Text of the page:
My German partner and I were now nearly toe-to-toe. Ten minutes ago the discussion began about the construction of the pallet/crate, the lack of 4 side access that I had specified, and the exorbitant additional trade show drayage charges we incurred as a result.
Possessing of nearly every stereotypical attribute (I was born in Germany, am married to a German, and have been told often by my German colleagues that I am “more German” than they are – so no offense intended here!), though, he wasn’t going to relent, and proceeded to list my technical shortcomings and the folly of my position. It couldn’t possibly be that 2 side access was in any way inadequate. And when I asked how he planned to get it off the truck, with a huff and puff he exploded “Just roll up the side and…” and he stopped.
We looked at each other and realized – despite each of our substantial experience in the others country and culture, we had committed a rookie mistake. We had each completely overlooked the fundamental regional differences in truck design (and the resulting differences in crating considerations.) I saw the world as a hard sided, back door, structured environment, and he saw it as a soft-side, side-load, flexible wonderland. (An ironic inversion of our stereotypical roles!)
His “hrmph” acknowledged that there was a different perspective and we both chuckled later that we had missed such an easy point. Nevertheless it was an expensive oversight.
One of the immutable truths of international business is that you will never be natively proficient in a different market. (5 years of immersion may begin to approximate native habits, but there are fundamental perspectives “hard wired” by birth which are never fully suppressed.) You may be expert, fluent or comfortable; but never native.
It’s critically important to genuinely strive to assimilate into the local business climate in demeanor, manner and habit. (Excepting, of course, any prevalent local habits which run afoul of FCPA and other regulatory strictures.) Even rudimentary facility with the language will manifest an intent which will be appreciated. But despite compliments, never be lulled into a sense of native proficiency.
The greatest skill of an international business person is the ability to sense when (s)he is crossing the line that distinguishes what they really know vs what they think they know. The latter is a minefield – yet one from which we all bear scars; because like so many lessons it is only learned, really learned, “the hard way.”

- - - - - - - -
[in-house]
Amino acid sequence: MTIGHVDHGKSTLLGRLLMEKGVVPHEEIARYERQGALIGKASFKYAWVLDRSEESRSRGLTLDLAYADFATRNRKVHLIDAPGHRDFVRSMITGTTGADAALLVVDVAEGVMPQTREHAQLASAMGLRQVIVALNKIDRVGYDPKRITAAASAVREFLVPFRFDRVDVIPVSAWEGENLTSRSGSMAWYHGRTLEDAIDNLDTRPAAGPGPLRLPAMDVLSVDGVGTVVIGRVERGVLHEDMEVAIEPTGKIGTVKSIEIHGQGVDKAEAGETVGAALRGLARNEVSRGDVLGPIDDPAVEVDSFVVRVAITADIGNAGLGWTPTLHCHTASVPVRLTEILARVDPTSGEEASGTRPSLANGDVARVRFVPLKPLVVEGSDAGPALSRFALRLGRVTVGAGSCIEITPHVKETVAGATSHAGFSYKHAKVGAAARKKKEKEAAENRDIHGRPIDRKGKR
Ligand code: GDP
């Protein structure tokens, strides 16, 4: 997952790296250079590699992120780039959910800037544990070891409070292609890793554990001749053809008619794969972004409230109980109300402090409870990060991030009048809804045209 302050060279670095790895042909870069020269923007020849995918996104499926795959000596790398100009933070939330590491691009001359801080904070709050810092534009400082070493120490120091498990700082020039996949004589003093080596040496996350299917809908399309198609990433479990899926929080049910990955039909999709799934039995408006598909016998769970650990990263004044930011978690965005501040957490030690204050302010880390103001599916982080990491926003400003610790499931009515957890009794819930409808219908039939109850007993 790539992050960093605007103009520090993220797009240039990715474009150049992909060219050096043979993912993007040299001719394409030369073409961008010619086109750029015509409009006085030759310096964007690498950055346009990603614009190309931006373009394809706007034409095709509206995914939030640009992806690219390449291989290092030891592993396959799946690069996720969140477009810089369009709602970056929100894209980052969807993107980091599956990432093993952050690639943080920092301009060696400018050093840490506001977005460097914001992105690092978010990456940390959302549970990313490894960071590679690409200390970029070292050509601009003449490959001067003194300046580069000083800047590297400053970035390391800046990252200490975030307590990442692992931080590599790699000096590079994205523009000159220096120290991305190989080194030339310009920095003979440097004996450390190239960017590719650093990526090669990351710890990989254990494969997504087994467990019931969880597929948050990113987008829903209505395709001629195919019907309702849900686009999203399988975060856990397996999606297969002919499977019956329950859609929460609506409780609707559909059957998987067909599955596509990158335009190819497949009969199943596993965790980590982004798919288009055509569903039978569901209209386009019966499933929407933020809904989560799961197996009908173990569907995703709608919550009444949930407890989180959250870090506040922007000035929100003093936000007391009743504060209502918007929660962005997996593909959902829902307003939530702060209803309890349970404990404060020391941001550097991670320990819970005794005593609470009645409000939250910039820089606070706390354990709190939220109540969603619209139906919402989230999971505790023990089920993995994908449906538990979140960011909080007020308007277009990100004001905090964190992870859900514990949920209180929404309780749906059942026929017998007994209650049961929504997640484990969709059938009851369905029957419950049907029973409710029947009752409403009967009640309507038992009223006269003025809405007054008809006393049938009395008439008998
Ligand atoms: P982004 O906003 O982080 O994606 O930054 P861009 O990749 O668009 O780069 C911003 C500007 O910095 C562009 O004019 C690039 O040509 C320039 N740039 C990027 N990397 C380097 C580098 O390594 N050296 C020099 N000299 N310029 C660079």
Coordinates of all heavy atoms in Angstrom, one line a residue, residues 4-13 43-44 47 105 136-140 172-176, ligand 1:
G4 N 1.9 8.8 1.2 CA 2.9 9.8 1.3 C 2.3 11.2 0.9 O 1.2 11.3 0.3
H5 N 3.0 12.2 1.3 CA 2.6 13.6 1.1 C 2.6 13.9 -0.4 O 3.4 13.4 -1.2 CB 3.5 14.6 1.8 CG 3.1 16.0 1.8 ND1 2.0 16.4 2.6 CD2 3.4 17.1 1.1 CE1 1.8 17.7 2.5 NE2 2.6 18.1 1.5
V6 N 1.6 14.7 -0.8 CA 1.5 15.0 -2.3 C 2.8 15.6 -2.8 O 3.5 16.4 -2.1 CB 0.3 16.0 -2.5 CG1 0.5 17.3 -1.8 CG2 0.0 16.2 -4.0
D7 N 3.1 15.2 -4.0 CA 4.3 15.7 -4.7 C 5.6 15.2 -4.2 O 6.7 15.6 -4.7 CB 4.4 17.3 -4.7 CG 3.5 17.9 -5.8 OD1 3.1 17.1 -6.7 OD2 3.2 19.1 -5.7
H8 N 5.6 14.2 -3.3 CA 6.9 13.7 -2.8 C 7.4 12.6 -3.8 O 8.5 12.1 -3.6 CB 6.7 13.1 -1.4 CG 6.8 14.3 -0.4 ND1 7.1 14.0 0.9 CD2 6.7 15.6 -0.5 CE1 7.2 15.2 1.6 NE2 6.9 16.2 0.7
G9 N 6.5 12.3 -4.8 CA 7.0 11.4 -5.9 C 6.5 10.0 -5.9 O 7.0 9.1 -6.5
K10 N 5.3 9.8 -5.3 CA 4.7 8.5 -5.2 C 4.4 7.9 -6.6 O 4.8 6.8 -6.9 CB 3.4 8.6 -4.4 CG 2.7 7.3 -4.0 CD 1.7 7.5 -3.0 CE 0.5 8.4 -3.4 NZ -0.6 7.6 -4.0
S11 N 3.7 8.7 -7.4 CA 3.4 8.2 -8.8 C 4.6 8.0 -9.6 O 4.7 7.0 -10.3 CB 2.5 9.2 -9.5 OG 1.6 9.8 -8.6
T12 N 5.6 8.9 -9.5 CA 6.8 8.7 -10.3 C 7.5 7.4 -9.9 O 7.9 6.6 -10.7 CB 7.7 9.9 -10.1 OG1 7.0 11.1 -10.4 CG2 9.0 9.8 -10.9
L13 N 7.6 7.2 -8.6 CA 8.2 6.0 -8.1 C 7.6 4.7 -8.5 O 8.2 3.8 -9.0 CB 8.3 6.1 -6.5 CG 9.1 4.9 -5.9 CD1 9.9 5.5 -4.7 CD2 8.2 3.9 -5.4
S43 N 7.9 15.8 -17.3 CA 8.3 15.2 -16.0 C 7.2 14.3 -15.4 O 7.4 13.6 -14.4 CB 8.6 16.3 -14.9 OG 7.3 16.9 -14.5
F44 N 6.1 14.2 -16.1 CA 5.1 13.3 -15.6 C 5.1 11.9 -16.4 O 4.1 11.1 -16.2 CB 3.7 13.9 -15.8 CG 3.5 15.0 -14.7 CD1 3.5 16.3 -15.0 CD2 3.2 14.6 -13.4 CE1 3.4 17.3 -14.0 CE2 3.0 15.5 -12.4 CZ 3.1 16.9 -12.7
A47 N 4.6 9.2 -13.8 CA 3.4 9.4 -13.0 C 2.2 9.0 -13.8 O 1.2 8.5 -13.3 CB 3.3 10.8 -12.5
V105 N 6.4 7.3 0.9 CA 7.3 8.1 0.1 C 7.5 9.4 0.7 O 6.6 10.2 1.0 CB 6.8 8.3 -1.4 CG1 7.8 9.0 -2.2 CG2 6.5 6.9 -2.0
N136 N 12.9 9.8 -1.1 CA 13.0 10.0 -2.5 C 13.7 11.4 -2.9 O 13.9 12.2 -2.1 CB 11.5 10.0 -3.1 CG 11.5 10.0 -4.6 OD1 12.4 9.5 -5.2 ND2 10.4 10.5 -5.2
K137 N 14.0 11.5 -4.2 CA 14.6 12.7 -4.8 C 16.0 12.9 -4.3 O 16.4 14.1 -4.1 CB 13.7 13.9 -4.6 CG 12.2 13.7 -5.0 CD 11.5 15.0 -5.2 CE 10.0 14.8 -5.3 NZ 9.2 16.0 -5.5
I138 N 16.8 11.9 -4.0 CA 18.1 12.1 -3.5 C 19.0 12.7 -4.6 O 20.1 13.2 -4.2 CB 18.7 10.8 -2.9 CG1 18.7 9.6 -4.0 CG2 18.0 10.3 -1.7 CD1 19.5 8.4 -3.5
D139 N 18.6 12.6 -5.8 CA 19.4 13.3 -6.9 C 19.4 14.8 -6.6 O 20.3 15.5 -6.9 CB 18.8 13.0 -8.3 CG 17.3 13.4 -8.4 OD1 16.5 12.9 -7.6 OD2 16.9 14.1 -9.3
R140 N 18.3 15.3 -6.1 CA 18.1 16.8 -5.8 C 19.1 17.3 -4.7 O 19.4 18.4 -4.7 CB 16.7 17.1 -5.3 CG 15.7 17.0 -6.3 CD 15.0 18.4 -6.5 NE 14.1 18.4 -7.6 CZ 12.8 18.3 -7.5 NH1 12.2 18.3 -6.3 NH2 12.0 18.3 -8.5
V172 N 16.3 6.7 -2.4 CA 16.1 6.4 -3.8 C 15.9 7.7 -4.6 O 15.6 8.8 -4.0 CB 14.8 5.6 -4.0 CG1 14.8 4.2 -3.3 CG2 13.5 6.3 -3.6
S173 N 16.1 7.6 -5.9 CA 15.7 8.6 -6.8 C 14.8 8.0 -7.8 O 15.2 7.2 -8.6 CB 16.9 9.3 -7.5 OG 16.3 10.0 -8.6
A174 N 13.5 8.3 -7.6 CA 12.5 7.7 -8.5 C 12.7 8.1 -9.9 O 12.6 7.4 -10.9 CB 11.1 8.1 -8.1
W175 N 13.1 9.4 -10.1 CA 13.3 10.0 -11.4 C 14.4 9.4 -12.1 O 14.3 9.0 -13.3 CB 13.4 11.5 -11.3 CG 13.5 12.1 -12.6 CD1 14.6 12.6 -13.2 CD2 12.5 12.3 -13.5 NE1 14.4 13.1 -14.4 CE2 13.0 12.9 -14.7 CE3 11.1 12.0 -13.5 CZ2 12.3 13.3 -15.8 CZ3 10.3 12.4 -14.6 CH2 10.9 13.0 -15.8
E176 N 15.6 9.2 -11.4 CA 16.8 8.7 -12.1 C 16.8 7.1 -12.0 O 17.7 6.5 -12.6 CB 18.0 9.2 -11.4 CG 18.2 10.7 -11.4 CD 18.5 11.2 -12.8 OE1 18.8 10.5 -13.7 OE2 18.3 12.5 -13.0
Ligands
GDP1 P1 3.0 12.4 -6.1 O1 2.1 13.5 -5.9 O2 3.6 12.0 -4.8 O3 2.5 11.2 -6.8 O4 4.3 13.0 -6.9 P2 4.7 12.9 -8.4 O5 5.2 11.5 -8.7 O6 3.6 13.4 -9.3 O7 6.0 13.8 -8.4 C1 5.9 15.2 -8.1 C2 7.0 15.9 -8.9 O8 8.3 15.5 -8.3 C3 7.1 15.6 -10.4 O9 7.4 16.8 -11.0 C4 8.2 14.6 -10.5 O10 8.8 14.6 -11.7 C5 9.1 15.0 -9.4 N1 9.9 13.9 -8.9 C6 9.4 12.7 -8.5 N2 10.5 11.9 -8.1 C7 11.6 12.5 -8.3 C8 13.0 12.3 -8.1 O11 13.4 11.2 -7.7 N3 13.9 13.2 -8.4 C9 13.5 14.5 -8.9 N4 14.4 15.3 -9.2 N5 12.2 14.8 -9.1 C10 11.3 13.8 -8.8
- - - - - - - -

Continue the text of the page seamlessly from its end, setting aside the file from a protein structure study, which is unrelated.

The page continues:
Everyone starts off the same. You’re off to do business in a new culture so you read some, attend a seminar, get some cultural training and learn a few words of the language. You know how to present your business card; you may remember which way to look when you cross the street and you probably have a sense for the style of negotiation and familiarity in business. But you still feel overwhelmed. The activity, sounds, language, signs and habits all come rushing at you. The currency system may even feel like you’re working in base 3. You don’t fit in and you are painfully aware!
But a couple successful deals, several trips and a few weeks in country and it starts to feel more familiar. You wouldn’t claim to be native but you start to feel more at ease. Things aren’t quite as surprising. You don’t feel overwhelmed. It’s almost starting to be comfortable.
A couple more trips and you start to get cocky. You start to tell yourself you understand the culture and the business climate. You anticipate how business will progress and you predict responses and outcomes. Suddenly you are a “fluent fool” (a great term coined by Kay Westerfield, Director of International Business Communication Program at University of Oregon.) Everything starts to click along until….it blows up underneath you.
Anyone who has substantial international experience has been there. Just like a 17 year old, it doesn’t matter how many times we are warned, we’ve made the mistake. We got cocky and we got burned.
But that’s exactly the foundation that is required for the key development for any international business person. The humility and perspective to recognize the real limits of one’s knowledge is the distinguishing attribute of real experts versus “wannabes.”
When one reaches that point you are able to work more effectively with foreign advisors, partners, employees, distributors, etc. You will probably argue less about pallets (although if one of you is German, perhaps not) and you will develop an appreciation for nuance and intuitively recognize the extraordinary local business practitioners who might have previously appeared amateurish.
You will have reached that point when you begin to appreciate how little you know; you sense the approaching limit of your understanding; and you stop “outdriving your international headlights.”
Popular wisdom says that you need to learn about “the market.” In fact the far more important task is to learn where your knowledge of the market ends.